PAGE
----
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Menu Bar Guidelines

Menu bars allow users to navigate using categories and sub-categories. They are persistent and unchanging across the app.

In a desktop application, menu bars are the items across the top of the application, a.k.a. the File menu. On the web, they reside in the header/top of the page. In both cases, they can support nested menus or work as stand-alone categories (also called "monocline grouping" or flat structure).

When to use menu bars

Menu bars are used exclusively for primary navigation (unlike vertical navigation or tabs, which can also be secondary navigation).

They should be used for categories of the application or site that are meaningful across its entire use, provided there are not too many categories. If there are too many categories to fit across the page, consider vertical navigation instead.

The main advantage of menu bars is their persistence, i.e., the fact that they are always accessible. This is highlighted in "About Face: The Essentials of Interaction Design":

Well-designed Web sites make careful use of persistent objects that remain constant throughout the shopping experience, especially the top-level navigation bar along the top of the page. Not only do these areas provide clear navigational options, but their consistent presence and layout also help orient customers.

Menu bars can contain sub-menus (as shown above), but going any deeper than one level should be avoided if possible because it pushes users' mental models, whereas "organizing things into a single layer of groups is extremely common and can be found everywhere in your home and office."

How to use menu bars

The macOS Human Interface Guidelines1 provide a comprehensive guide to using menus in desktop applications (many of which apply to websites as well). Some highlights:

  • Make menu titles as short as possible without sacrificing clarity. Ideally they should be limited to one word.
  • Use text, not icons, for menu titles. (One exception is that it is generally acceptable to use a logo or graphic in place of "home" text on the web, as shown in the variations below.)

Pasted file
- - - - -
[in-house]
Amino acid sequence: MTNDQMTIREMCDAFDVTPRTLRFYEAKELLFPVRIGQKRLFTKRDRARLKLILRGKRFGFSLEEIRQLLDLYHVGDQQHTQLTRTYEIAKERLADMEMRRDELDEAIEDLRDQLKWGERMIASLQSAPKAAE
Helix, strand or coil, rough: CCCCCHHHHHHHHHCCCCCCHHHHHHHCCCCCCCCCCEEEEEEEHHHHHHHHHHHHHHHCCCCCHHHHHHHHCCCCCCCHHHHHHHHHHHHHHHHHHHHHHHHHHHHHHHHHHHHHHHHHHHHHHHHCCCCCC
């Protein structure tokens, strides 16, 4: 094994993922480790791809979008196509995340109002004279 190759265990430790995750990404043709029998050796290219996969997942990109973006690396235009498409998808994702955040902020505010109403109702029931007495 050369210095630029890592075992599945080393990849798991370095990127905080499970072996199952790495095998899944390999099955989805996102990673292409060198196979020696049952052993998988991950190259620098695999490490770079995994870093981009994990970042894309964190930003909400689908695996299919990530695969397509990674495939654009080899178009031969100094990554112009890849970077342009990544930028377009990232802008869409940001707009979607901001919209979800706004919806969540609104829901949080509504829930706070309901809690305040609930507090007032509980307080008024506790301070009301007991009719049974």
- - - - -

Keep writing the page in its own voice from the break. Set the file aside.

• Disable, don't hide, unavailable menu items.
  • Limit the use, depth, and length of submenus.
  • Assign keyboard shortcuts and display them next to their associated menu items.
  • Use separator lines to create visually distinct groups of related menu items.
  • In general, place the most frequently used items at the top of a menu.
  • Group menu items that initiate related actions.
  • Use a checkmark to indicate that something is currently active.

Other important menu bar guidelines:

  • Don’t model your navigation after your agency’s org structure (or your application's architectural model). Instead, structure it according to the tasks and information your users most frequently need to access.2
  • Include skip navigation links to allow users with screen readers to bypass long navigation lists.2
  • Consider using a "mega menu" if you have more than 6 links or menu items within a menu. (See the variations below for more on mega menus.)2
  • Use 9 or fewer top-level categories.3
  • For mobile sites and applications, menu bars can be collapsed to a slide-out or expandable "hamburger" menu.
  • Make sure that the menu items look interactive and have enough visual weight. They should invite action.4
  • Make menu links big enough to be easily tapped or clicked. Provide enough padding and spacing around them so that users don't accidentally click the wrong one.4
  • Choose consistency over "wow" factor.4 Deviate from standards at your own risk.

Basic usage


Like tabs and vertical navigation, menu bars should have a clear selected state, usually indicated by high-contrast text (or inverting the unselected style) and possibly making it bold. A hover state should also be used.


To keep the header compact, other functions can be merged into the menu bar area, such as a search box or important actions (e.g., sign in/out). One term for this is "extended header".

For more complex hierarchies, a "mega menu" overlay can be used, showing multiple columns of sub-categories (or even an additional level of nesting). When using them, pay close attention to the implementation details, especially around the timing of when the menu is triggered and hidden.


  1. macOS Human Interface Guidelines
  2. U.S. Web Design System
  3. KDE Human Interface Guidelines
  4. Nielsen Norman Group

Further reading

By Leon Barnard
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